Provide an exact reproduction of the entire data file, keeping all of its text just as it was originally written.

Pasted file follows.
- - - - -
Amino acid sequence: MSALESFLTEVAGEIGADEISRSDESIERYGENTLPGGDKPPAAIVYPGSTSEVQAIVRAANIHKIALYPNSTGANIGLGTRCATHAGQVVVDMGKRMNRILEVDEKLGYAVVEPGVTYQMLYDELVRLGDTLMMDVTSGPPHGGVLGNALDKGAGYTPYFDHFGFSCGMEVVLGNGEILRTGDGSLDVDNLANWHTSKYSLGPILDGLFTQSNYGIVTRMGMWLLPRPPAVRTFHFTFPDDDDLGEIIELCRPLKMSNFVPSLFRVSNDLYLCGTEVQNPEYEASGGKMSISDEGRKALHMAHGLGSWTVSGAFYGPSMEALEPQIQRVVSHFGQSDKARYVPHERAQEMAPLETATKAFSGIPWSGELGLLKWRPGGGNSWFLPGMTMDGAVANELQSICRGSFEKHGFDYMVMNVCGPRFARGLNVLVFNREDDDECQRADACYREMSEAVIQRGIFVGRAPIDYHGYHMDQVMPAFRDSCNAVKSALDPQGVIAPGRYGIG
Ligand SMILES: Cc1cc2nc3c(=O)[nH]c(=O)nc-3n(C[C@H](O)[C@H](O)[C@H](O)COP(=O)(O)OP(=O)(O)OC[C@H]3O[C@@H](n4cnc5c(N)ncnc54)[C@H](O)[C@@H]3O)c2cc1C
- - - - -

Amino acid sequence: MSALESFLTEVAGEIGADEISRSDESIERYGENTLPGGDKPPAAIVYPGSTSEVQAIVRAANIHKIALYPNSTGANIGLGTRCATHAGQVVVDMGKRMNRILEVDEKLGYAVVEPGVTYQMLYDELVRLGDTLMMDVTSGPPHGGVLGNALDKGAGYTPYFDHFGFSCGMEVVLGNGEILRTGDGSLDVDNLANWHTSKYSLGPILDGLFTQSNYGIVTRMGMWLLPRPPAVRTFHFTFPDDDDLGEIIELCRPLKMSNFVPSLFRVSNDLYLCGTEVQNPEYEASGGKMSISDEGRKALHMAHGLGSWTVSGAFYGPSMEALEPQIQRVVSHFGQSDKARYVPHERAQEMAPLETATKAFSGIPWSGELGLLKWRPGGGNSWFLPGMTMDGAVANELQSICRGSFEKHGFDYMVMNVCGPRFARGLNVLVFNREDDDECQRADACYREMSEAVIQRGIFVGRAPIDYHGYHMDQVMPAFRDSCNAVKSALDPQGVIAPGRYGIG
Ligand SMILES: Cc1cc2nc3c(=O)[nH]c(=O)nc-3n(C[C@H](O)[C@H](O)[C@H](O)COP(=O)(O)OP(=O)(O)OC[C@H]3O[C@@H](n4cnc5c(N)ncnc54)[C@H](O)[C@@H]3O)c2cc1C